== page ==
Defense lawyer James K. Filan has shared the latest update in the Ripple v. SEC case in a recent tweet. Ripple has filed a motion to compel the SEC to turn over notes from a meeting between its CEO, Brad Garlinghouse, and former SEC commissioner Elad Roisman.
#XRPCommunity #SECGov v. #Ripple #XRP BREAKING: Ripple files Letter Motion to Compel the SEC to turn over notes regarding a 2018 meeting between Brad Garlinghouse and former Commissioner Roisman. The SEC refuses, claiming they are privileged. https://t.co/J1xLA5kiSa
— James K. Filan 🇺🇸🇮🇪 (@FilanLaw) February 11, 2022
The SEC, on the other hand, has filed an objection to the motion, claiming the deliberative process privilege (DPP).
The SEC’s objection comes just a week after the court ordered that some records be released, according to Ripple’s filing:
Exactly one week after the court issued its ruling on the application of the deliberative in this case, following months of negotiation, letters, briefing, and argument, the SEC produced yet another privilege log listing just two documents, and asserting the DPP over both.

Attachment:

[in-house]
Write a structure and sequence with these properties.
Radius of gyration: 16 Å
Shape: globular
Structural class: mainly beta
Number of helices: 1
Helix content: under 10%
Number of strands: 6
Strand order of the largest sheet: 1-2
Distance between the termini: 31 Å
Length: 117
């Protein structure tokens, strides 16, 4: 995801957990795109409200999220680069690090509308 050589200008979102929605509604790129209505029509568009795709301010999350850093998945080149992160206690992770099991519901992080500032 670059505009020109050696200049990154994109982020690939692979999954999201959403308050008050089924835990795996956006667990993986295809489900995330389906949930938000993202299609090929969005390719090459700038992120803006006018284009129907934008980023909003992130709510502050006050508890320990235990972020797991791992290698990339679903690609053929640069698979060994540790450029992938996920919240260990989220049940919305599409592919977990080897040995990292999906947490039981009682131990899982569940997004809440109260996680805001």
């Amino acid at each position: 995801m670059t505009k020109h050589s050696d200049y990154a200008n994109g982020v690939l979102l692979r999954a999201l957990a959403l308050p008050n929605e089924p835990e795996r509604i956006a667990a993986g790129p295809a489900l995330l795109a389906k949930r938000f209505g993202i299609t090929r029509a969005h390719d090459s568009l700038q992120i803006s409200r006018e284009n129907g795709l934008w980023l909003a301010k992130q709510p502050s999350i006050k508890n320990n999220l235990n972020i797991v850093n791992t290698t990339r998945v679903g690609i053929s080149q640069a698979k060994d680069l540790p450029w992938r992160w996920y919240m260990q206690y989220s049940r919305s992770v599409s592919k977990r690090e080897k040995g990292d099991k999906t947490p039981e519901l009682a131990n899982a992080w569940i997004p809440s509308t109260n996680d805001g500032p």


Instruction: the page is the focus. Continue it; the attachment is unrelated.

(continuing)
Attorney Jeremy Hogan, partner at Hogan & Hogan, criticized the SEC’s move, stating the agency has no tenable basis for claiming the DPP here since it conceded that the notes are not related to the Ripple investigation.
As seen below, the SEC has no tenable basis for raising the DP Privilege here since it conceded to Solomon that the notes cannot be related to the investigation of Ripple.
— Jeremy Hogan (@attorneyjeremy1) February 11, 2022
Ripple says the SEC argued that Garlinghouse won’t need the notes since he was part of the meeting. Ripple further stated that contemporaneous meeting recordings provided to the SEC demonstrate that the Ripple boss had departed the meeting, forming a belief that the SEC had recognized the legal “purgatory” posed by regulatory ambiguity.